For more tolerance, we need more … tourism? | Aziz Abu Sarah


I’m a tourism entrepreneur
and a peacebuilder, but this is not how I started. When I was seven years old,
I remember watching television and seeing people throwing rocks, and thinking, this must be
a fun thing to do. So I got out to the street
and threw rocks, not realizing I was supposed
to throw rocks at Israeli cars. Instead, I ended up stoning
my neighbors’ cars. (Laughter) They were not enthusiastic
about my patriotism. This is my picture with my brother. This is me, the little one,
and I know what you’re thinking: “You used to look cute,
what the heck happened to you?” But my brother, who is older than me, was arrested when he was 18, taken to prison on charges
of throwing stones. He was beaten up when he refused
to confess that he threw stones, and as a result, had internal injuries that caused his death soon after
he was released from prison. I was angry, I was bitter, and all I wanted was revenge. But that changed when I was 18. I decided that I needed
Hebrew to get a job, and going to study Hebrew
in that classroom was the first time I ever met Jews
who were not soldiers. And we connected over really small things,
like the fact that I love country music, which is really strange
for Palestinians. But it was then that I realized also
that we have a wall of anger, of hatred and of ignorance
that separates us. I decided that it doesn’t matter
what happens to me. What really matters is how I deal with it. And therefore, I decided
to dedicate my life to bringing down the walls
that separate people. I do so through many ways. Tourism is one of them,
but also media and education, and you might be wondering,
really, can tourism change things? Can it bring down walls? Yes. Tourism is the best sustainable way
to bring down those walls and to create a sustainable way
of connecting with each other and creating friendships. In 2009, I cofounded Mejdi Tours, a social enterprise that
aims to connect people, with two Jewish friends, by the way, and what we’ll do, the model we did, for example, in Jerusalem,
we would have two tour guides, one Israeli and one Palestinian,
guiding the trips together, telling history and narrative
and archaeology and conflict from totally different perspectives. I remember running a trip together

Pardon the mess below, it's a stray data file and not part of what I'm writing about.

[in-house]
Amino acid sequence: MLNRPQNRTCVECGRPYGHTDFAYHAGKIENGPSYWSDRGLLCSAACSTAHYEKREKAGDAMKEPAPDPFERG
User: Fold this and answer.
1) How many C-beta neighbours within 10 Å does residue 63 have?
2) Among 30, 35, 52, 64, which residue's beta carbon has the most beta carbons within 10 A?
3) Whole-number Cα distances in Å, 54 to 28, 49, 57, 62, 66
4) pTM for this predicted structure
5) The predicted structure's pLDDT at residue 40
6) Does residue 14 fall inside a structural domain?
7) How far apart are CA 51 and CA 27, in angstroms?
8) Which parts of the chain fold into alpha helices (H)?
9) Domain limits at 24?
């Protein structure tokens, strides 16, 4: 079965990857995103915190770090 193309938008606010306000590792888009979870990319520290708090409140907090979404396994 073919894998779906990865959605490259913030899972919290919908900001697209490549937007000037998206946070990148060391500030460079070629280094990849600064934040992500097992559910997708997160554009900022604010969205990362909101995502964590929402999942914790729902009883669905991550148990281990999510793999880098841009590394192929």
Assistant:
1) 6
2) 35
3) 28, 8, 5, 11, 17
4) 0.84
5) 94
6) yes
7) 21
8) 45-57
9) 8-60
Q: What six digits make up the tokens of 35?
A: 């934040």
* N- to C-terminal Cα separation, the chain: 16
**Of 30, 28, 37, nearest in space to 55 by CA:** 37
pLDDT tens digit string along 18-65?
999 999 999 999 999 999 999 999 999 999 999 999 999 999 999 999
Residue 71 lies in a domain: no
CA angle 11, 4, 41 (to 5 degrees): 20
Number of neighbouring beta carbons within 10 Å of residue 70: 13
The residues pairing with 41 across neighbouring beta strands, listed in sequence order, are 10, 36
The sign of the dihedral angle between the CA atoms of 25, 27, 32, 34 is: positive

with a friend named Kobi — Jewish congregation from Chicago,
the trip was in Jerusalem — and we took them to a refugee camp,
a Palestinian refugee camp, and there we had this amazing food. By the way, this is my mother. She’s cool. And that’s the Palestinian
food called maqluba. It means “upside-down.” You cook it with rice and chicken,
and you flip it upside-down. It’s the best meal ever. And we’ll eat together. Then we had a joint band,
Israeli and Palestinian musicians, and we did some belly-dancing. If you don’t know any,
I’ll teach you later. But when we left, both sides, they were crying because
they did not want to leave. Three years later, those
relationships still exist. Imagine with me
if the one billion people who travel internationally
every year travel like this, not being taken in the bus
from one side to another, from one hotel to another, taking pictures from the windows
of their buses of people and cultures, but actually connecting with people. You know, I remember having
a Muslim group from the U.K. going to the house
of an Orthodox Jewish family, and having their first Friday night
dinners, that Sabbath dinner, and eating together hamin,
which is a Jewish food, a stew, just having the connection
of realizing, after a while, that a hundred years ago,
their families came out of the same place in Northern Africa. This is not a photo profile
for your Facebook. This is not disaster tourism. This is the future of travel, and I invite you to join me to do that,
to change your travel. We’re doing it all over the world now, from Ireland to Iran to Turkey, and we see ourselves going
everywhere to change the world. Thank you. (Applause)

50 thoughts on “For more tolerance, we need more … tourism? | Aziz Abu Sarah

  1. problem is most ppl cant afford to go around the world .
    i wait for one day for a recourse based economy ย . no money

  2. I totally agree!!! Meeting people from different countries and cultures is amazing. It really changes ur point of view about the world and makes u more tolerant. Im from Poland, moved to Ireland. I had a chance to meet people from all around the world. I met the Irish of course. They're wonderful, nice, kind and tolerate people. I also know people from Slovakia, Portugal, Romania, Nigeria, India, Pakistan, Russia, Estonia, Philliphens etc. Getting to know all these people helped me to become a better person, more tolerant. It showed me that even though we are different, we're still the same. If you know what I mean ๐Ÿ˜‰